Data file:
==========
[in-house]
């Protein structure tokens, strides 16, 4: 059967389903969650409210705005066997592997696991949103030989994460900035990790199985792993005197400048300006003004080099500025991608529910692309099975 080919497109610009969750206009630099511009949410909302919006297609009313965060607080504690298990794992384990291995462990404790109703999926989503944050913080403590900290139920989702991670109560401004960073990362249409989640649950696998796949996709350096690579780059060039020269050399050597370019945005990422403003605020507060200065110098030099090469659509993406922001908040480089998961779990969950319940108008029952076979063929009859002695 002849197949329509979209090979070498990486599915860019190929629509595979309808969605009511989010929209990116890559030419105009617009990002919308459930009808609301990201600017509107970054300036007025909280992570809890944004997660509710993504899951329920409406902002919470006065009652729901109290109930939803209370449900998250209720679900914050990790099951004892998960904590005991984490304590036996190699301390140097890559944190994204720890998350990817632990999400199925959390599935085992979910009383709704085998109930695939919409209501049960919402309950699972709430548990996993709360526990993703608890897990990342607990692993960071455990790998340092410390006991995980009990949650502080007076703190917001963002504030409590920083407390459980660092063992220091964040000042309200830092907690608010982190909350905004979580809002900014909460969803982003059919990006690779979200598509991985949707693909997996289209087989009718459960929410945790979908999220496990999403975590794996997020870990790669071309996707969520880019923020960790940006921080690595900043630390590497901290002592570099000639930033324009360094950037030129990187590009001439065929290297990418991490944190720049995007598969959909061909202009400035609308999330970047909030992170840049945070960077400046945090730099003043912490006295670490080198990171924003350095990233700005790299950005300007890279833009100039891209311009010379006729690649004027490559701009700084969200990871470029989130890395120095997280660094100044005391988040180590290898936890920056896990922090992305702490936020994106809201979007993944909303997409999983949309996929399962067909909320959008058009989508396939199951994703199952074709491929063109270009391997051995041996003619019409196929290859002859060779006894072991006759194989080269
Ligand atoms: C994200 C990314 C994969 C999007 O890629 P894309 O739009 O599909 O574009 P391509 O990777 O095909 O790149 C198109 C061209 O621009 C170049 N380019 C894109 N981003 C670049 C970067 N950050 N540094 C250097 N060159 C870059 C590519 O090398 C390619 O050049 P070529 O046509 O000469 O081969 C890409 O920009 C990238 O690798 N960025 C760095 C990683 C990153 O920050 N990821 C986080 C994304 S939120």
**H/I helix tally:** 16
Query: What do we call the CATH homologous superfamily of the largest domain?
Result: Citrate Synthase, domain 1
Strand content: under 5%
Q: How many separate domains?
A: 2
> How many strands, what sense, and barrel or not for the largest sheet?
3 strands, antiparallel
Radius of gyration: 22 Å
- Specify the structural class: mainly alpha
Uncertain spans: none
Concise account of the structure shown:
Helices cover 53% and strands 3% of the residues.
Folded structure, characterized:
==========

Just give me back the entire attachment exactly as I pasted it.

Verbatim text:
[in-house]
């Protein structure tokens, strides 16, 4: 059967389903969650409210705005066997592997696991949103030989994460900035990790199985792993005197400048300006003004080099500025991608529910692309099975 080919497109610009969750206009630099511009949410909302919006297609009313965060607080504690298990794992384990291995462990404790109703999926989503944050913080403590900290139920989702991670109560401004960073990362249409989640649950696998796949996709350096690579780059060039020269050399050597370019945005990422403003605020507060200065110098030099090469659509993406922001908040480089998961779990969950319940108008029952076979063929009859002695 002849197949329509979209090979070498990486599915860019190929629509595979309808969605009511989010929209990116890559030419105009617009990002919308459930009808609301990201600017509107970054300036007025909280992570809890944004997660509710993504899951329920409406902002919470006065009652729901109290109930939803209370449900998250209720679900914050990790099951004892998960904590005991984490304590036996190699301390140097890559944190994204720890998350990817632990999400199925959390599935085992979910009383709704085998109930695939919409209501049960919402309950699972709430548990996993709360526990993703608890897990990342607990692993960071455990790998340092410390006991995980009990949650502080007076703190917001963002504030409590920083407390459980660092063992220091964040000042309200830092907690608010982190909350905004979580809002900014909460969803982003059919990006690779979200598509991985949707693909997996289209087989009718459960929410945790979908999220496990999403975590794996997020870990790669071309996707969520880019923020960790940006921080690595900043630390590497901290002592570099000639930033324009360094950037030129990187590009001439065929290297990418991490944190720049995007598969959909061909202009400035609308999330970047909030992170840049945070960077400046945090730099003043912490006295670490080198990171924003350095990233700005790299950005300007890279833009100039891209311009010379006729690649004027490559701009700084969200990871470029989130890395120095997280660094100044005391988040180590290898936890920056896990922090992305702490936020994106809201979007993944909303997409999983949309996929399962067909909320959008058009989508396939199951994703199952074709491929063109270009391997051995041996003619019409196929290859002859060779006894072991006759194989080269
Ligand atoms: C994200 C990314 C994969 C999007 O890629 P894309 O739009 O599909 O574009 P391509 O990777 O095909 O790149 C198109 C061209 O621009 C170049 N380019 C894109 N981003 C670049 C970067 N950050 N540094 C250097 N060159 C870059 C590519 O090398 C390619 O050049 P070529 O046509 O000469 O081969 C890409 O920009 C990238 O690798 N960025 C760095 C990683 C990153 O920050 N990821 C986080 C994304 S939120």
**H/I helix tally:** 16
Query: What do we call the CATH homologous superfamily of the largest domain?
Result: Citrate Synthase, domain 1
Strand content: under 5%
Q: How many separate domains?
A: 2
> How many strands, what sense, and barrel or not for the largest sheet?
3 strands, antiparallel
Radius of gyration: 22 Å
- Specify the structural class: mainly alpha
Uncertain spans: none
Concise account of the structure shown:
Helices cover 53% and strands 3% of the residues.
Folded structure, characterized: